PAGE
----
James A. Stack Correspondence regarding 1933 Double Eagle

By Ron Guth …..

James A. Stack is well-known among collectors of high-quality U.S. coins because of the disposition of his collection in several auctions in the late 1980s and the early ’90s. Had his collection been sold in a single sale, it would have ranked as one of the greatest of the 20th century. There is a reason that the collection was split up over several sales, but that is another story. In this installment, the focus is on one of his best coins that never appeared at auction – his 1933 $20 double eagle.

Much of the story of James A. Stack’s 1933 $20 has been told in David Tripp’s Illegal Tender (2013). There, Tripp related that a fellow collector, F.C.C. Boyd, named Stack as an owner of a 1933 $20 when he was interrogated by the United States Secret Service in 1944. Several days after the Boyd interview, the Secret Service went to Stack’s office in New York (no relation to the Stack’s coin firm in the same city). Stack was reluctant to divulge from where he had purchased his 1933 $20. However, when presented with evidence that he had purchased the coin from Philadelphia coin dealer Ira Reed, Stack confirmed the information as being correct. Stack held on to his coin for over a year, but on June 20, 1945, he turned it over to the Secret Service “under protest and under legal duress” (per Tripp).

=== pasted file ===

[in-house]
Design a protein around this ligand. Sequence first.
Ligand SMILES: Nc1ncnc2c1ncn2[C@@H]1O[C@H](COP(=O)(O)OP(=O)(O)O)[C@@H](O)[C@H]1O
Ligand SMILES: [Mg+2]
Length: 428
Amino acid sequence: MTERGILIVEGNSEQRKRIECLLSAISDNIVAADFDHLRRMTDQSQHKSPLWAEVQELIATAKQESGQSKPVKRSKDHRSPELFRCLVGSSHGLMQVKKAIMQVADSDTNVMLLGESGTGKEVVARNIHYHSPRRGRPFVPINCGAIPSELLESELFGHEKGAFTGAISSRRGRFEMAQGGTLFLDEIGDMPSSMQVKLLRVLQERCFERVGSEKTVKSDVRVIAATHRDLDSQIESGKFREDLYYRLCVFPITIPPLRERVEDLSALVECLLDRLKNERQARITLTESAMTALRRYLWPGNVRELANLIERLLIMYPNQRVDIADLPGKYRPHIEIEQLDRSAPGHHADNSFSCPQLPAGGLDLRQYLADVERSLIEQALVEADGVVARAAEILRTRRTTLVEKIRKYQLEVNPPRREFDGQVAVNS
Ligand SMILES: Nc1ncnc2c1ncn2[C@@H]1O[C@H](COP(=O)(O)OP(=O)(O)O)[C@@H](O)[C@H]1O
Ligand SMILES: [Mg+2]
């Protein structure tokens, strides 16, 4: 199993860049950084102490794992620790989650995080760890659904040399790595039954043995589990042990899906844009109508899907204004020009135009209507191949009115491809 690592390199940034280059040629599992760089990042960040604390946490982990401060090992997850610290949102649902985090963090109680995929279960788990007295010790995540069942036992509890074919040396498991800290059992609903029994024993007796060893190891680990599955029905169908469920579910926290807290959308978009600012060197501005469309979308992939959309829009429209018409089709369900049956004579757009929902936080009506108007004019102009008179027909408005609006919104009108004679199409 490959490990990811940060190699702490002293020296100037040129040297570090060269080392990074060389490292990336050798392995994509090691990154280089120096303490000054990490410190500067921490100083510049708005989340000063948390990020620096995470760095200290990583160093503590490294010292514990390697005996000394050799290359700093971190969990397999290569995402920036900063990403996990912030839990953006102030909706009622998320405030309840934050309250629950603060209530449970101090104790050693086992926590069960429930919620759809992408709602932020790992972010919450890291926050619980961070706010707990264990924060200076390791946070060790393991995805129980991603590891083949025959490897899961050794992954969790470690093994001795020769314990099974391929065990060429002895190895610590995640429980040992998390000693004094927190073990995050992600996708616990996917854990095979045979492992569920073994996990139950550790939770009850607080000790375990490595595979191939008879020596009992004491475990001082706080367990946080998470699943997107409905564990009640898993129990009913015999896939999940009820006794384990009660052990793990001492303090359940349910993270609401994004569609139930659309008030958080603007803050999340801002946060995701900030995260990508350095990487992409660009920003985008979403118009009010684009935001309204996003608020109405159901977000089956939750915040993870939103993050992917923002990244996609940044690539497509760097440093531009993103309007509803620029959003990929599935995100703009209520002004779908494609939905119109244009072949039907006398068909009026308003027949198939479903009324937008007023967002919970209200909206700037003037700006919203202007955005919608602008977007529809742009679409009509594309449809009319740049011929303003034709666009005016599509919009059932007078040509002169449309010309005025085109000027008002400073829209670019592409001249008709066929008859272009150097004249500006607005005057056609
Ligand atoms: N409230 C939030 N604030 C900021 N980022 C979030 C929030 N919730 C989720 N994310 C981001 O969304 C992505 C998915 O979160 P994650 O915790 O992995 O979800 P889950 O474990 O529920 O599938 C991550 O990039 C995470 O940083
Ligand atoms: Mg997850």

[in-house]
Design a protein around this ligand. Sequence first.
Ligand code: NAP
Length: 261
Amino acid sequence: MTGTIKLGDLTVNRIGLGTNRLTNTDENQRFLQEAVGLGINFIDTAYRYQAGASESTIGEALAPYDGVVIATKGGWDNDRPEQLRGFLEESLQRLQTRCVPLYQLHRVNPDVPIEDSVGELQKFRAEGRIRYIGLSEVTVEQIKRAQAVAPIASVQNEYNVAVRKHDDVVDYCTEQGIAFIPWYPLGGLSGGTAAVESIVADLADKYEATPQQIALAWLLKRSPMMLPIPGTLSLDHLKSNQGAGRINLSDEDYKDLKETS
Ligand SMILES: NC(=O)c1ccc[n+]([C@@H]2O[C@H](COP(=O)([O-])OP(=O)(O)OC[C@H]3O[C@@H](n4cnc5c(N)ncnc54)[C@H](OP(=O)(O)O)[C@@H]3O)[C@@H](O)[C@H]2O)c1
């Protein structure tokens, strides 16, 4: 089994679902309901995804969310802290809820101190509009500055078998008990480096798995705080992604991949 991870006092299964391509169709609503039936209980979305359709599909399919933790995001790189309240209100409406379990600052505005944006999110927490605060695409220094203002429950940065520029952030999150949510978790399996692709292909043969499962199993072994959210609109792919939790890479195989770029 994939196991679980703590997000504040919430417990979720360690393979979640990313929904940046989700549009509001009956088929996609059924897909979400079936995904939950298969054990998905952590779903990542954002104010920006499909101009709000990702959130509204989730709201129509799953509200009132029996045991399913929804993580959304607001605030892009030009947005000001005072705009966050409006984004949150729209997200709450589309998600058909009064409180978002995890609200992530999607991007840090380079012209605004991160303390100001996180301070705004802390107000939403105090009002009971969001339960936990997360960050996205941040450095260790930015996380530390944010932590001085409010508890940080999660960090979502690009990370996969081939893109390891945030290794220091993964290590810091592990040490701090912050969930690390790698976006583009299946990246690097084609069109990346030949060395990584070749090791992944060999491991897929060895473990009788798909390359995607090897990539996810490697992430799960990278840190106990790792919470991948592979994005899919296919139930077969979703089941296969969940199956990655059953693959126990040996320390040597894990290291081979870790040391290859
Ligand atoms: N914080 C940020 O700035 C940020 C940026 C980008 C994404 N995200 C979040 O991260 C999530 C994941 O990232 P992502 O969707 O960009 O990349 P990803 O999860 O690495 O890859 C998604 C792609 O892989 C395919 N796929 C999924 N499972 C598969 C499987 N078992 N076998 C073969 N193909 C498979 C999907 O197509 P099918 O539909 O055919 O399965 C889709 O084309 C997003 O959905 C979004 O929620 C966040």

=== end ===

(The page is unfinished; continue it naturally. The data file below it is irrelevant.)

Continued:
Stack would continue his fight for the return of his 1933 $20 until his death in 1951.

New details have emerged about the behind-the-scenes wrangling in the Stack v. Strang case. In a letter obtained from a descendant of Stack dated September 7, 1950, Stack discusses strategy concerning how the coin was originally obtained. The letter reads as follows:

Based upon information given to us over the telephone by Mr. [Ira] Reed, our Mr. Gallagher went to Philadelphia yesterday to see the man from whom Mr. Reed presumably purchased the coin which was sold to you. Mr. Reed in his talk over the telephone was evasive and while we could gather from what he said that the coin was purchased from Mr. I[srael] Switt of 130 South 8th Street, Philadelphia, nonetheless, he said he was not certain and that he might have purchased it elsewhere as he had a number of these coins and they were not earmarked in any way.

To provide context, Ira Reed was the person who sold Stack his 1933 $20; Mr. Gallagher was a representative of Stack’s legal team; and Israel Switt was the person who obtained a number of 1933 Double Eagles from the Mint.

As the writer told you over the telephone, Mr. Reed denied that he had obtained the coin from a bank or that he knew anything about the coin being obtained from a bank, and he said he never told you any such thing and he did not know from where you could have obtained the idea that this coin came from a bank. He says he does not know how the person from whom he purchased the coin obtained it, other than he maintains that it was lawfully and legally issued. Naturally, he would make that last statement. He also said he would make an affidavit but that we could see him at Willow Grove, where he now lives, in about ten days. At present, he is in Laconia, New Hampshire, R.F.D. No. 4.

These two paragraphs relate to what Stack told the Secret Service in his 1944 interview. According to Tripp, “Stack said he had ‘purchased it from a reputable dealer in rare coins’ who had told him ‘that a number of these coins had been shipped to a small country bank apparently in error.’” Either Reed was lying when he sold Stack’s his coin, Stack had been speculating in his interview with the Secret Service, or, most likely, he had misconstrued from hence the coins had come.